Nevertheless, one should note that too much protein can raise the insulin, too. Protein can help lose weight and is essential to a healthy blood sugar level, as long as one does not over consume protein powders and eating animal proteins. Most people only need 0.5 grams to 1 gram of protein per body weight per day and those amounts should be split up into multiple servings, and not consumed at one time.

Saturated fats, the prime culprit for heart disease, can be found not only in red meat and butter but also whole-milk dairy products. In several studies, a diet high in saturated fats has been linked to insulin resistance. Switching to no-fat or 1-percent dairy products can get all the benefits of calcium without the drawbacks and reduce calories to help with weight loss.

Caffeine is another one that can increase insulin if excess amount is consumed. Drinking a cup or 2 of coffee a day might be good for the insulin, but more than that can cause the insulin to shoot up. When the insulin surges, one can feel moody, shaky, irritable and craving sweets. This will in turn cause one to reach for more caffeine or more sugar. 

Wednesday, November 09, 2016

Heart Disease Prevention - How Is Social Relationship Linked To Heart Disease?

A healthy lifestyle is definitely paramount in preventing heart disease and other chronic diseases. People often, however, ignore or unaware of another important factor that is linked to development of heart disease: the quality of one’s relationship! Relationship is a connection between people, like marriage, kinship and friendship. Read more at:

Wednesday, November 02, 2016

Heart Disease Prevention - What Is Metabolism And How To Boost It To Lose Weight?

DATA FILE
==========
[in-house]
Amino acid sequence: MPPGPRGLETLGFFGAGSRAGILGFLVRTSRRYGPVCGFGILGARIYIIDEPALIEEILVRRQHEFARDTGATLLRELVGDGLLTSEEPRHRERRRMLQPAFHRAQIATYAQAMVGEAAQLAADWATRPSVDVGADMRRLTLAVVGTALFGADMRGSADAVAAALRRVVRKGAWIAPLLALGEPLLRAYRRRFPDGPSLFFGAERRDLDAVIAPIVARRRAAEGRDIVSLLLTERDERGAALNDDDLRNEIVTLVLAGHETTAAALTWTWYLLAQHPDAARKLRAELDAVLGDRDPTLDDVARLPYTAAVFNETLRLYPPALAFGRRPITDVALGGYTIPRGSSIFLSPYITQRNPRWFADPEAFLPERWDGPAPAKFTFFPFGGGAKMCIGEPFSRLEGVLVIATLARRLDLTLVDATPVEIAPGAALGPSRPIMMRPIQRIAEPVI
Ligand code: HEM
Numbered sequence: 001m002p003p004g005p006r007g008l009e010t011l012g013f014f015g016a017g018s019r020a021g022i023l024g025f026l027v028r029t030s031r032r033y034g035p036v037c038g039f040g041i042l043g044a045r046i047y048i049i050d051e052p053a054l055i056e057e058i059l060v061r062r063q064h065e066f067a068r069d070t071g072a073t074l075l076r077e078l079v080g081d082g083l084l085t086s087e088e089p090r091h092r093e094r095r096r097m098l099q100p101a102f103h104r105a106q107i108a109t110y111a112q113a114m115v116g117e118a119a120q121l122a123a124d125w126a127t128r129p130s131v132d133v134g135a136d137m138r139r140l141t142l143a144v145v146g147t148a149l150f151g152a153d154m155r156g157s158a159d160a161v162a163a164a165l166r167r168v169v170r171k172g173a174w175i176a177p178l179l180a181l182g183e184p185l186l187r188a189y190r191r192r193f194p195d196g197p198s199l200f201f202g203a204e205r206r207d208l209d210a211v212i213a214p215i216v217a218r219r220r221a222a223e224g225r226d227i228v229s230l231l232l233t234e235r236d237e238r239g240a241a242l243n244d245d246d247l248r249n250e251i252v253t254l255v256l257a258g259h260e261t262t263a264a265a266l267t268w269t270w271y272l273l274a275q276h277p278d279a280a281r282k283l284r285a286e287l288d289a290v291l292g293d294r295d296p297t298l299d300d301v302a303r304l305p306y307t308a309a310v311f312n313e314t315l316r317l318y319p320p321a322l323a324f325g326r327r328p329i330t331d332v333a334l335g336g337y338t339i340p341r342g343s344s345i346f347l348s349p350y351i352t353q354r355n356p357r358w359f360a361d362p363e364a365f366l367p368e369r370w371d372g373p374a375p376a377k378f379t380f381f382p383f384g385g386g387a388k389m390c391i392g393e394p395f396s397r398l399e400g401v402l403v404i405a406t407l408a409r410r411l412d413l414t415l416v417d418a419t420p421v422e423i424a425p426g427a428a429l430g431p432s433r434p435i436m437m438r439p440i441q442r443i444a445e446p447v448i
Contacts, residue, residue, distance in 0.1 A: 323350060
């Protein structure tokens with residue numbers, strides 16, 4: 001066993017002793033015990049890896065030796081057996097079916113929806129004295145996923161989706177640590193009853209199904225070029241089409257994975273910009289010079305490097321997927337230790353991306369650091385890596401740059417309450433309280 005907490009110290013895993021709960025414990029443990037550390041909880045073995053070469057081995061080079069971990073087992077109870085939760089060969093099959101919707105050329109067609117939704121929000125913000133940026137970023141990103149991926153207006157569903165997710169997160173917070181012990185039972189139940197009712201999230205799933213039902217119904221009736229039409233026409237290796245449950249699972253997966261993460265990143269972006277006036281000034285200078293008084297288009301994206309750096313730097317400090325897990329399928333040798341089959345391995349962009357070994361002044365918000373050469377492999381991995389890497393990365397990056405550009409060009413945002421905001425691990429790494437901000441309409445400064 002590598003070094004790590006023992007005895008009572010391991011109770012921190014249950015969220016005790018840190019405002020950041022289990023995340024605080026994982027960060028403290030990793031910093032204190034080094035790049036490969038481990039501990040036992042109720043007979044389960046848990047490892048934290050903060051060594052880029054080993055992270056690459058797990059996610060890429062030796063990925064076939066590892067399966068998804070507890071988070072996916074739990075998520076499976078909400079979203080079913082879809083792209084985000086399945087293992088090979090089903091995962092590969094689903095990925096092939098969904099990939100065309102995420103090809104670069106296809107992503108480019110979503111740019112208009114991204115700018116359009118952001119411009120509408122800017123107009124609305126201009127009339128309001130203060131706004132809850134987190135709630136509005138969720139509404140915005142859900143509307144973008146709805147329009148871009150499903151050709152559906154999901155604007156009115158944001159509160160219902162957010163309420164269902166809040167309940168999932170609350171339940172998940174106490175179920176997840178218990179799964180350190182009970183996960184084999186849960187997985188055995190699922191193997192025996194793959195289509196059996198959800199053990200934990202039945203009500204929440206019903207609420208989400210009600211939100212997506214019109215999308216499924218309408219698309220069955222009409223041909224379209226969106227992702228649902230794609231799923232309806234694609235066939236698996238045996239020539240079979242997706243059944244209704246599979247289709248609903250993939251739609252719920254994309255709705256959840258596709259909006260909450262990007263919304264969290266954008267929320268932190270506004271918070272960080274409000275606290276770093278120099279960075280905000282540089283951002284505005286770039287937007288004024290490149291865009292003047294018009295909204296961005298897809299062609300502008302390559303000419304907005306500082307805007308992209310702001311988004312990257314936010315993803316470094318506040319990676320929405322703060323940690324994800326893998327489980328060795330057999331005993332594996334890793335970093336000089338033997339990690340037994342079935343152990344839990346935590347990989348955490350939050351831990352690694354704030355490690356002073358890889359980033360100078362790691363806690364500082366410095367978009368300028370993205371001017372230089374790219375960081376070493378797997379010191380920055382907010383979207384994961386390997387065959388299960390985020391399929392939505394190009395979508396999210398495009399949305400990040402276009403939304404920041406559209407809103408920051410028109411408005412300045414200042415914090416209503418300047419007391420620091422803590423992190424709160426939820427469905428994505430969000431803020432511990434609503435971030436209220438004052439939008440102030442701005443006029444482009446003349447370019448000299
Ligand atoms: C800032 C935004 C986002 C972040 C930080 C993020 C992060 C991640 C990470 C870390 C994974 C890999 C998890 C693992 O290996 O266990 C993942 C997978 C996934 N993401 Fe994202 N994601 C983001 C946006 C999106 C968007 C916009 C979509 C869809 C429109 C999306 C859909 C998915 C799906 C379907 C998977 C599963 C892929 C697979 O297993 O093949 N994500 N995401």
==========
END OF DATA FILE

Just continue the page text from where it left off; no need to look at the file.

Undoubtedly, the best way to burn fat and speed up metabolism is to carry out more physical activity and exercises like regular aerobic exercise, strength training and lifestyle activities. But there are other ways of boosting the metabolism by just making simple changes to the daily routine. Click the following link to find out more!

Friday, October 28, 2016

What Could Spike Blood Sugar?

Good management of a diabetic’s blood sugar (glucose) level is important because diabetes can eventually lead to chronic medical conditions including heart disease and high blood pressure. But for Type-2 diabetics who has abandoned most simple carbohydrates in their diet and has regularly exercised, their blood sugar can sometimes still spikes.

Actually, there are many things that seem harmless to diabetics can actually affect their blood sugar level.

Dehydration, for instance, can make the blood becomes more concentrated and cause the blood sugar readings to go up. To make the thing worse, when the blood sugar is higher, one tends to urinate more, making him or her more dehydrated. So drinking enough water is important for diabetics, especially after exercises or in the hot weather.

Hormones change can also affect a woman’s blood sugar. One study had revealed that decreased insulin sensitivity during menstruation were the most common issue.  This means that the insulin that patients were taking or the pancreas was producing were not sufficient to lower blood sugar, resulting in high blood sugar level.

Stress is another thing that can affect one’s blood sugar level. When a person is under stress, his or her body releases hormones that can make the blood sugar rise. This is more common for Type-2 diabetics. Hence, learning to relax with deep breathing and exercise, and trying to change the things that are stressful, if possible, is very important.